I became very aware of the transformation the internet was bringing to the culture industries, software first, music next and now it is finally reaching to other aspects of human activities, such as accommodation or transportation. I was an active promoter of free culture licenses, with my fellows in the musicians collective Ruido de Barrio and bringing the internet culture to people through hacklabs in social centers in Spain.
My final Telecommunication Engineer project was about IPv6 multihoming. I was very interested in seeing how internet standarization worked, and who controlled it. I participated in some IETF working groups to confirm how their philosophy was quite similar to other social movements. I like very much their quote: We reject: kings, presidents and voting. We believe in: rough consensus and running code.
After checking how the base of the internet worked, I switched to the application level. I was motivated to delivering real value to users. I was active in the Rails community, publishing several gems and contributing to the core. Besides, I was dazzled by scale-free networks, how they emerged everywhere, from proteins to the internet itself. I could see scale-free networks in multiple social contexts, from social movements to the workplace. In the context of the boom of social network sites, I developed my Ph.D thesis on a Rails gem to build any kind of social network in the web. I was proud the outcome of this thesis was not only theoretical, but several social sites around the world were build on top of Social Stream.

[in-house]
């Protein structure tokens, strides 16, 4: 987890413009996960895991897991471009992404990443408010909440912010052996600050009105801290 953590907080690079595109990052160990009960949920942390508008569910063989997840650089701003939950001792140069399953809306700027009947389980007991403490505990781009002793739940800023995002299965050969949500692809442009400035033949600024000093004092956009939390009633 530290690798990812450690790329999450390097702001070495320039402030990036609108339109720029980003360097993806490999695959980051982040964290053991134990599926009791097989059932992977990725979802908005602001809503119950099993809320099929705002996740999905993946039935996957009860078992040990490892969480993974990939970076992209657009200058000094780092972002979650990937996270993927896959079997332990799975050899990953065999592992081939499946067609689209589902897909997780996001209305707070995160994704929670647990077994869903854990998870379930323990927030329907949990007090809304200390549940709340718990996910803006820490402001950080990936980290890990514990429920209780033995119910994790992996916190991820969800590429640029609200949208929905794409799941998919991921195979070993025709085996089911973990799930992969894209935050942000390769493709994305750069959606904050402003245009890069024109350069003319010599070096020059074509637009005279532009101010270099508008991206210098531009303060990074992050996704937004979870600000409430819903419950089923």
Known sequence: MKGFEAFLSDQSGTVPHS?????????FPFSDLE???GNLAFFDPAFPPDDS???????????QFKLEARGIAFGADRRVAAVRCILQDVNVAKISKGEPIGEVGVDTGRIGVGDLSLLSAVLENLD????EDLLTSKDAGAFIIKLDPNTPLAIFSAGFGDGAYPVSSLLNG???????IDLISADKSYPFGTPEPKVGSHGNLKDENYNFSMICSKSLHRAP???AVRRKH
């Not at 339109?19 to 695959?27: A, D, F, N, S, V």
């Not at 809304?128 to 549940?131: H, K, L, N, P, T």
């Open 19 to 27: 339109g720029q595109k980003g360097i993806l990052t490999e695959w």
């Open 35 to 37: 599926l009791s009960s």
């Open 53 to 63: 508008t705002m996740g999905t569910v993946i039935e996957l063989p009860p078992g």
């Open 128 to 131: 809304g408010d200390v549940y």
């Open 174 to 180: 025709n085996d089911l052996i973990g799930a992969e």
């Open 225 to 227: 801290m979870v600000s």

However, I was not able to build successful final apps to users. I enroled a course on Business Desing and Lean Startup to learn how to deliver real value to users. I practiced these skills in the P2Pvalue project, where we learned a lot about Common Based Peer Production Communities. It was a natural step in my path, I was able to apply concepts from social networks and social movements, and we learned a lot about how these communities work.
Afterwards, tired of academy and its publication dictate, I moved to the private sector to explore other scenarios where I could deliver more value to users and do practical stuff. I joined Ideas4all Innovation where I work in product development, as senior software developer, applying lean principles and machine learning techniques.
I started to participate in European research projects before finishing my graduation as Telecommunication Engineer. working in the Euro6IX in the problem of IPv6 multihoming. It was my first European funded project, where I started to work in an international environment.
After the graduation, I worked in the iCamp project, with started to track decentralization issues. It was a very interesting project with a multi-disciplinar environment, a great collaboration spirit beyond national boundaries, and one of the first EU research projects commited to publish their results under a free / open source license.